Ich bin ein currywurst

How to make Germany's fast food fusion favorite.

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click to enlarge CURRY THEIR FAVOR: German pork sausage smothered in a spicy, tomato-based, curry-laden red sauce. - Orderinchaos via Wikimedia Commons
Orderinchaos via Wikimedia Commons
CURRY THEIR FAVOR: German pork sausage smothered in a spicy, tomato-based, curry-laden red sauce.

Seeing as I’ve been on a food truck/trailer/cart kick lately, here’s another delightful dish that’s piqued my culinary interest, a flavor-packed fusion dish hailing from Deutschland.

A mid-20th-century invention and a fusion of two very different cuisines, the German currywurst is an incredibly popular dish in Berlin and can be found at many Schnell-Imbisse (food stalls) in the city. Currywurst is the “culinary emblem of Germany’s capital city,” according to the German Currywurst Museum, and even survived the divide of the city with the construction of the Berlin Wall in 1961. (Yeah, the dish even has its own museum, where eager patrons can visit for a meager 11 Euro — about $14 U.S.)

“What the heck is ‘currywurst’?,” you may be asking yourself. It’s a German pork sausage smothered in a spicy, tomato-based, curry-laden red sauce, and often served alongside a pile of French fries topped with mayonnaise or a bread roll. It comes in many forms, with varying curry sauce recipes and sausages served grilled or fried, with or without casing. And there’s no one set recipe for it either. The curry used in the sauce can be of either Asian or Indian origin — some Berliners prefer theirs with a sweet Indian curry, while others like a spicier, Asian chili pepper and lemongrass kick.

As to the origin of this interesting culinary culture clash, food writer Andrea Meyers traces it to "a certain enterprising Berlin housewife [Herta Heuwer]," who "traded some alcohol for curry powder from British troops in the time after World War II when the city was still in ruins, and she began selling sausages topped with a spicy tomato-based sauce to local construction workers in 1949. The price was right and the spicy dish sold fast.” Huewer’s fast fare spawned many copycats, and 800 million currywursts are now served in Germany each year.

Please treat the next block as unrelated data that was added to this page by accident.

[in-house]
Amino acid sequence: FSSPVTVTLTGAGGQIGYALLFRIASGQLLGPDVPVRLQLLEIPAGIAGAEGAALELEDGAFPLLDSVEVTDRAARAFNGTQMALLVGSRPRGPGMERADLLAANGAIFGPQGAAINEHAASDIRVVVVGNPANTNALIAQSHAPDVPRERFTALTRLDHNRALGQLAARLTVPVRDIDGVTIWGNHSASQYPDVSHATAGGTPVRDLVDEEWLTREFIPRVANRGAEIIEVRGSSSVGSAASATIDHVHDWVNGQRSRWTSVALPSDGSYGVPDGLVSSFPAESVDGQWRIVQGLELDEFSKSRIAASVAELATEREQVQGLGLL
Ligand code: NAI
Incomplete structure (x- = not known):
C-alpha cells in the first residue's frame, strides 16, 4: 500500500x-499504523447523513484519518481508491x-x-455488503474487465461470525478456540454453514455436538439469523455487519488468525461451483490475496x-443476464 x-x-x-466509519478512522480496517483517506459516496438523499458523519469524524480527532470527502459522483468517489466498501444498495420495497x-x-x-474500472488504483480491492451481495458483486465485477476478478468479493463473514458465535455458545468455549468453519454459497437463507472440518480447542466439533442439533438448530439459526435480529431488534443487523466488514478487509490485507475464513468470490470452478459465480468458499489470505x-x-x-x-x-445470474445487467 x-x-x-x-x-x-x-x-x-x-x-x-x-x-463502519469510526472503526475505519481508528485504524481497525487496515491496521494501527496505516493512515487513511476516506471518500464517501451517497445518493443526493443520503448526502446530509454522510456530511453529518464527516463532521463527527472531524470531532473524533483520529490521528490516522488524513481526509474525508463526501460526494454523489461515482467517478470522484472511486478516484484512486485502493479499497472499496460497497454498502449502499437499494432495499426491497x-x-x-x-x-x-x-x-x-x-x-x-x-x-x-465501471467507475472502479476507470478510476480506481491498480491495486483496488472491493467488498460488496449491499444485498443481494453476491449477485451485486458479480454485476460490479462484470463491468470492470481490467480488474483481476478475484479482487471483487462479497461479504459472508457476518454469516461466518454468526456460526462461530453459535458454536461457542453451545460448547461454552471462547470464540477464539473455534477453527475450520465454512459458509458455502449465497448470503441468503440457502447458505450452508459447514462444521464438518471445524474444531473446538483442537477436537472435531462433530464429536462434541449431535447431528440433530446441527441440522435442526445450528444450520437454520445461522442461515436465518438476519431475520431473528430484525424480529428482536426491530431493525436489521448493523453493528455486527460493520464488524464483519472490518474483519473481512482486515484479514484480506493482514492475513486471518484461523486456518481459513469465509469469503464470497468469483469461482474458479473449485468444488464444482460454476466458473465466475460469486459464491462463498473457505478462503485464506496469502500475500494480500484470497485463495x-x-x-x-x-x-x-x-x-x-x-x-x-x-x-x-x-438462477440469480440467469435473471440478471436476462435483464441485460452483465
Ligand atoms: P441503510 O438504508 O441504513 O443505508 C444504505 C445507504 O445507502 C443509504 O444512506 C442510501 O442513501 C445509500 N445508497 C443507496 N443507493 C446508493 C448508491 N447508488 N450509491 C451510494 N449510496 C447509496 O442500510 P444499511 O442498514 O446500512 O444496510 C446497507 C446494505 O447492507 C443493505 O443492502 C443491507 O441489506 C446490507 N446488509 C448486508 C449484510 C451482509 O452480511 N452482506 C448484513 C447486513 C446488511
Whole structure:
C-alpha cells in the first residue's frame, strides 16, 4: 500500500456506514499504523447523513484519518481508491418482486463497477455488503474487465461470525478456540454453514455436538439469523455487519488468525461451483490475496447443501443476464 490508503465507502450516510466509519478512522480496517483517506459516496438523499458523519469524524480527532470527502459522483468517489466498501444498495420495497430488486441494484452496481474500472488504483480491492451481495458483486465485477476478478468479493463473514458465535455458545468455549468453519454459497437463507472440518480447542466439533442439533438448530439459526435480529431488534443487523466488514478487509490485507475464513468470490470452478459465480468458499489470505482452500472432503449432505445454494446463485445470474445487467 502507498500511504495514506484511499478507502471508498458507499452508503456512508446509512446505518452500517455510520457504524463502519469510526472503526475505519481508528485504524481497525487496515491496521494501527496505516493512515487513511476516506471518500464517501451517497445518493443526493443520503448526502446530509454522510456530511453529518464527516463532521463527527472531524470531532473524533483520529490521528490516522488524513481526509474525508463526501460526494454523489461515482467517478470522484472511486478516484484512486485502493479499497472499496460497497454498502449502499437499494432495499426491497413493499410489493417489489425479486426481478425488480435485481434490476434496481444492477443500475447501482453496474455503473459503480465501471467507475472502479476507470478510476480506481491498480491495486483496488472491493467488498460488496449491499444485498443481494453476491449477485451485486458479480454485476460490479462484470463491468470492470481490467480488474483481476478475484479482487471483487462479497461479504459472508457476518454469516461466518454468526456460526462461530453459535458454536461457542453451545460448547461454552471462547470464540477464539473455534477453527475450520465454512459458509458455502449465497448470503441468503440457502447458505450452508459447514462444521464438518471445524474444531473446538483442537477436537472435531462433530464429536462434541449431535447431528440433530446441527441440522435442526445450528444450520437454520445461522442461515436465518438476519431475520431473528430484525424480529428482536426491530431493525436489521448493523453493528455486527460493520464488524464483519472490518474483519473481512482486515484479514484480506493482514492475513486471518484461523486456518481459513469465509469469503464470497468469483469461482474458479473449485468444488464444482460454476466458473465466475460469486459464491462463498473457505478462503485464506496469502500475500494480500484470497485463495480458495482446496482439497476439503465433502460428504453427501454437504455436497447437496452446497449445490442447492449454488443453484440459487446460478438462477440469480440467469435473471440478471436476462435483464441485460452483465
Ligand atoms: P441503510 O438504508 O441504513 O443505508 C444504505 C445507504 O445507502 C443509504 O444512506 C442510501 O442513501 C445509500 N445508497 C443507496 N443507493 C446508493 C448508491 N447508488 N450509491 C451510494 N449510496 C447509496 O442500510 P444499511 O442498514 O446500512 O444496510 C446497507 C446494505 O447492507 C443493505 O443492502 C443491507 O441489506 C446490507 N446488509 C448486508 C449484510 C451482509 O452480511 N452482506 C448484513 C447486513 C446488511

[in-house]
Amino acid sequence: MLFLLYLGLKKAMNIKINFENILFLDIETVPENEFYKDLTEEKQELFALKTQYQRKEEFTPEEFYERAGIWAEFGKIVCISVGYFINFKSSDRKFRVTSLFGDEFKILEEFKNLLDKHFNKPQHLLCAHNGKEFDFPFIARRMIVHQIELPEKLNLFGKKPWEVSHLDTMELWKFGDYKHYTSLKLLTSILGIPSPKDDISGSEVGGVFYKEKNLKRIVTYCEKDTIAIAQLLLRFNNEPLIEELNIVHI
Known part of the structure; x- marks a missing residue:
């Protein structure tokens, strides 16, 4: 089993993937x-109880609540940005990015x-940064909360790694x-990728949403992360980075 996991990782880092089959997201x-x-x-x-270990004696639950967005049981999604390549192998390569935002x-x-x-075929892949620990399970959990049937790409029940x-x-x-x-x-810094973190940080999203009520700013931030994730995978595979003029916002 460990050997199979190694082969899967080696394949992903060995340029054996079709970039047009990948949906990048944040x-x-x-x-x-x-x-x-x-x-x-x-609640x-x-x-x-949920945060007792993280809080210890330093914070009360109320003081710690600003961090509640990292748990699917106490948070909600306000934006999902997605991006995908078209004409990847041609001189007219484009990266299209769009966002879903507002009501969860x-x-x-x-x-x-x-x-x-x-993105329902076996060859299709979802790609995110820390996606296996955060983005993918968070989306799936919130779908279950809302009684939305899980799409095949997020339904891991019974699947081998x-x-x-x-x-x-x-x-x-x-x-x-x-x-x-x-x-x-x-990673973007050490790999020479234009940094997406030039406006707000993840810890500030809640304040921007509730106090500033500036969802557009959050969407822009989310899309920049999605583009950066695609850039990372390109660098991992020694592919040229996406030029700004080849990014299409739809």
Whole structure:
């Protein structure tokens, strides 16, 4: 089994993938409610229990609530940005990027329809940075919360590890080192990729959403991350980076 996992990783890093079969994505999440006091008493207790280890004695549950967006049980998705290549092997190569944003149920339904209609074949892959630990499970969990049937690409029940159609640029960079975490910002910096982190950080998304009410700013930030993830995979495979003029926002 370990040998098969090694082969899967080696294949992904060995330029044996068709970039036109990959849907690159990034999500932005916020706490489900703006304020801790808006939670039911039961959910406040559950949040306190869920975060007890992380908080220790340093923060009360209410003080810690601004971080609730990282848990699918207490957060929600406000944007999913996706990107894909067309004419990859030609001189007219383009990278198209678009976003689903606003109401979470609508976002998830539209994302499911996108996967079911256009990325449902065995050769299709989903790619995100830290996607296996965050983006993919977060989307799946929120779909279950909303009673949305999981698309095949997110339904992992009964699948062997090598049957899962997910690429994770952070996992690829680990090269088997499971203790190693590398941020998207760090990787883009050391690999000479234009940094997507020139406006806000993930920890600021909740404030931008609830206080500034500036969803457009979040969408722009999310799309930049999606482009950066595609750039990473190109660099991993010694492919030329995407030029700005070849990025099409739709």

When it comes to the flavors for this German and Asian/Indian fusion treat, the choice is yours. If you’re craving flavors of the Far East, try using S & B Curry Powder (or something similar), which can be found at Asian grocers and online. For an Indian take, throw in some Madras curry powder and a dash of turmeric. Here’s a good, basic recipe for currywurst; just use the flavor profile that best pleases you.

German Currywurst

Makes 8 servings


1 tablespoons canola or vegetable oil

1 yellow onion, finely chopped

2 tablespoons curry powder (Asian or Indian)

1 teaspoon cayenne pepper, or more or less to taste

2 tablespoons tomato paste

2 cups crushed tomatoes

1/2 cup sugar

1/4 cup red wine vinegar

1 tablespoon salt

8 pork sausages


Heat the oil in a medium sauce pan over medium heat. Add the onion and cook until it’s soft, about 8 minutes. Add the curry, any other spices or aromatics (turmeric, lemongrass, etc.), and tomato paste and stir and cook for another minute or two.

Add the crushed tomatoes, sugar, vinegar and salt, stirring to combine. Bring the mixture to a boil then reduce heat toi medium-low and simmer until it’s thick, about 20 minutes. When thickened, add the sauce to a blender or food processor and blend until smooth.

While the sauce simmers, cook the sausages by either boiling, frying or baking them until they’re cooked through. If using bratwurst or something similar, first boil the sausages in enough liquid (like beer) to come at least halfway up their sides and cook until the casings start to split; finish on the stove top in a pan or on the grill until completely done.

Serve sausages hot, split lengthwise or sliced, smothered with curry sauce.

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